Indiana, PA


Most expensive Indiana neighborhoods

Indiana profile

Living in Indiana

Indiana is a somewhat small borough located in the state of Pennsylvania. With a population of 14,100 people and eight constituent neighborhoods, Indiana is the 71st largest community in Pennsylvania.

Indiana is a decidedly white-collar borough, with fully 87.27% of the workforce employed in white-collar jobs, well above the national average. Overall, Indiana is a borough of sales and office workers, service providers, and professionals. There are especially a lot of people living in Indiana who work in office and administrative support (17.52%), sales jobs (15.92%), and food service (14.87%).

Also of interest is that Indiana has more people living here who work in computers and math than 95% of the places in the US.

Indiana is a small town with a large college student population. Because of this, there is a real youthful, hip vibe to the place, and much of the life in the town is centered on the college. This has helped Indiana to buck the trend of other small towns that have suffered declining populations over the past 20 to 30 years. Spending by students, and faculty and staff jobs, are a big part of the local economy.

Compared to the rest of the country, citizens of Indiana spend much less time in their cars: on average, their commute to work is only 15.59 minutes. This also means that noise and pollution levels in the borough are less than they would otherwise be.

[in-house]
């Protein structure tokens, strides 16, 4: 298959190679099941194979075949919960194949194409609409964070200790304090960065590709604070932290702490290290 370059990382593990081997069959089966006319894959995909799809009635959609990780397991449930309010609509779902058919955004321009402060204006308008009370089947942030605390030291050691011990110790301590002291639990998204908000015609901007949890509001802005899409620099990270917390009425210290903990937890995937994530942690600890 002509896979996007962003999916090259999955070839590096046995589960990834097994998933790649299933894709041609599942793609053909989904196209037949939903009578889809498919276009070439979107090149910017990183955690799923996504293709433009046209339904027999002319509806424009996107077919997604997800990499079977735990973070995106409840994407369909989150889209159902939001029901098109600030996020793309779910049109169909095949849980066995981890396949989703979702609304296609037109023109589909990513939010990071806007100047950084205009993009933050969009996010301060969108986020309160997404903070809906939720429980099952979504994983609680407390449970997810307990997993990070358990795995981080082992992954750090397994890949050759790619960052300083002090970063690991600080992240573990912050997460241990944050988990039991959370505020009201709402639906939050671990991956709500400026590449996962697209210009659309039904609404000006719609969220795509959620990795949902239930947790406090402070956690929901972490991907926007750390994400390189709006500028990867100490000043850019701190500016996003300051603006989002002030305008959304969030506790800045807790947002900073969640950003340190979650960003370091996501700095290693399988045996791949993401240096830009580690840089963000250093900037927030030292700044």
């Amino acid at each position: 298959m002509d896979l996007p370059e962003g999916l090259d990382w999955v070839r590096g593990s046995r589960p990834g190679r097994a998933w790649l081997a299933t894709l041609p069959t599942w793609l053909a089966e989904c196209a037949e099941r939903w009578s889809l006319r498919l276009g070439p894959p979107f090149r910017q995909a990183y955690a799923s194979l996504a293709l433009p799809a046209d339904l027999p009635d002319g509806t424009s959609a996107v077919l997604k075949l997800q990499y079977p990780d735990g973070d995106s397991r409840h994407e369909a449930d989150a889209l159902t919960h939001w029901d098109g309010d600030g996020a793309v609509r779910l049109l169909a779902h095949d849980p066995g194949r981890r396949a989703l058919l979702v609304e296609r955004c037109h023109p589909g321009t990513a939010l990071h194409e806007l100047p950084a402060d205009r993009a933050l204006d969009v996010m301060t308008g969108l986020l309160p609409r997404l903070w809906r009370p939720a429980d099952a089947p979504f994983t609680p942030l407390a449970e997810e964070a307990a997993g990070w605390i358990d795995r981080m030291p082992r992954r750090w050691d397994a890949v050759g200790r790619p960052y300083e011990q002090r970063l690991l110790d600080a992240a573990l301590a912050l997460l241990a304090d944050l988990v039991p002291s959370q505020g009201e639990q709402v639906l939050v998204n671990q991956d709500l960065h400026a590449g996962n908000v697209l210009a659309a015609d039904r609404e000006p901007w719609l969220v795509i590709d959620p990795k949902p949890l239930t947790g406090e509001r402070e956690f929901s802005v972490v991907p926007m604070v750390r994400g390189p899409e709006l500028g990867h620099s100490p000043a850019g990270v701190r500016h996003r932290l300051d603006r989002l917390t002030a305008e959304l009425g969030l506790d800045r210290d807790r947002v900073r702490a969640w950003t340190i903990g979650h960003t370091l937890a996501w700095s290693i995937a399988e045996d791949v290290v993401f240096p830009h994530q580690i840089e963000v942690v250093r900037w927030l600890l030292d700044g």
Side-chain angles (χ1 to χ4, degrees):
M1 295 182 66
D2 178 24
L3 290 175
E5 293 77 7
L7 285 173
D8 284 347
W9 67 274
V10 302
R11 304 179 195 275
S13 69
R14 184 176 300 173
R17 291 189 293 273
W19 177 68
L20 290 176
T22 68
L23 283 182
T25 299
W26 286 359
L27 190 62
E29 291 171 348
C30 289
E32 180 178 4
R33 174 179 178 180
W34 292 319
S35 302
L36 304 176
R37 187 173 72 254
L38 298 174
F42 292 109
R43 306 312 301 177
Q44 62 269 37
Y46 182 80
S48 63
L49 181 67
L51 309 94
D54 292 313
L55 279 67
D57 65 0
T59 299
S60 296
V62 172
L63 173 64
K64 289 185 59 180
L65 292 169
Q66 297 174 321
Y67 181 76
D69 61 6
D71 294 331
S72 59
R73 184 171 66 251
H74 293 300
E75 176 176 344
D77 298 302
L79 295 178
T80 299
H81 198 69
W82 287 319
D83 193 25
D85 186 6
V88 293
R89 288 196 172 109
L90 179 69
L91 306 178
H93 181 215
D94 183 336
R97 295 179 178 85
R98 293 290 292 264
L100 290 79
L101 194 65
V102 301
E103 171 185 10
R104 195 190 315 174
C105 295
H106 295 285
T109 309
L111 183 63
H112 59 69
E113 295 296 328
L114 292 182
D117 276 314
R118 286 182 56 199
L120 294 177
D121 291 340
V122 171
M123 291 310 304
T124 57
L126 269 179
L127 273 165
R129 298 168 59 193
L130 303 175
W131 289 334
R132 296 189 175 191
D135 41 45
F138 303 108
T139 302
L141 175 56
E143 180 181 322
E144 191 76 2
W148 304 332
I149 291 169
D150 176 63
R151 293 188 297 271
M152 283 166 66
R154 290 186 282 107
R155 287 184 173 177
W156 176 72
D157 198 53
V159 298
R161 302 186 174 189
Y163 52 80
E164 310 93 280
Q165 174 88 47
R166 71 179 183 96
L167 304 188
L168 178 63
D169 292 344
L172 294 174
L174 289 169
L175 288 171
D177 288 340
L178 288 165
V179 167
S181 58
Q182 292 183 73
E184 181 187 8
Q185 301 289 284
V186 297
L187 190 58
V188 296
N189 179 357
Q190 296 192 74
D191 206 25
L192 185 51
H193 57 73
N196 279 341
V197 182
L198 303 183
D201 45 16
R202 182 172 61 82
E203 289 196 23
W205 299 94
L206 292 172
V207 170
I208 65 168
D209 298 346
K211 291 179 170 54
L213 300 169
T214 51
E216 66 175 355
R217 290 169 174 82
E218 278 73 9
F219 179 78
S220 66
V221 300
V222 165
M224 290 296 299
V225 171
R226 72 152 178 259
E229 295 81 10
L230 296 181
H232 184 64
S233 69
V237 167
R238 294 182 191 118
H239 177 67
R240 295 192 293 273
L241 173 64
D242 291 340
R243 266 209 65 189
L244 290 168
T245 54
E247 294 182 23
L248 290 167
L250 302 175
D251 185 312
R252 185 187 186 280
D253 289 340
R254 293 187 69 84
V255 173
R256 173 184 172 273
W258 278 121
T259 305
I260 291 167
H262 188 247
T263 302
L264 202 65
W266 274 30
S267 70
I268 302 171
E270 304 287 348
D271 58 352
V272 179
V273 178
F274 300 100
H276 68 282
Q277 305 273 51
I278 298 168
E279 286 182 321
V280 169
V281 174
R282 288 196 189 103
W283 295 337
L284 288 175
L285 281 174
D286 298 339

Indiana is one of the most well-educated cities in the nation. 42.00% of adults in Indiana have at least a bachelor's degree. Compare that to the average community in America, which has just 21.84% with a bachelor's degree or higher.

The per capita income in Indiana in 2010 was $15,400, which is low income relative to Pennsylvania and the nation. This equates to an annual income of $61,600 for a family of four. However, Indiana contains both very wealthy and poor people as well. Indiana also has one of the higher rates of people living in poverty in the nation, with 40.80% of its population below the federal poverty line.

The people who call Indiana home describe themselves as belonging to a variety of racial and ethnic groups. The greatest number of Indiana residents report their race to be White, followed by Black or African-American. Important ancestries of people in Indiana include Irish, Italian, Polish, and English.

The most common language spoken in Indiana is English. Other important languages spoken here include Spanish and Chinese.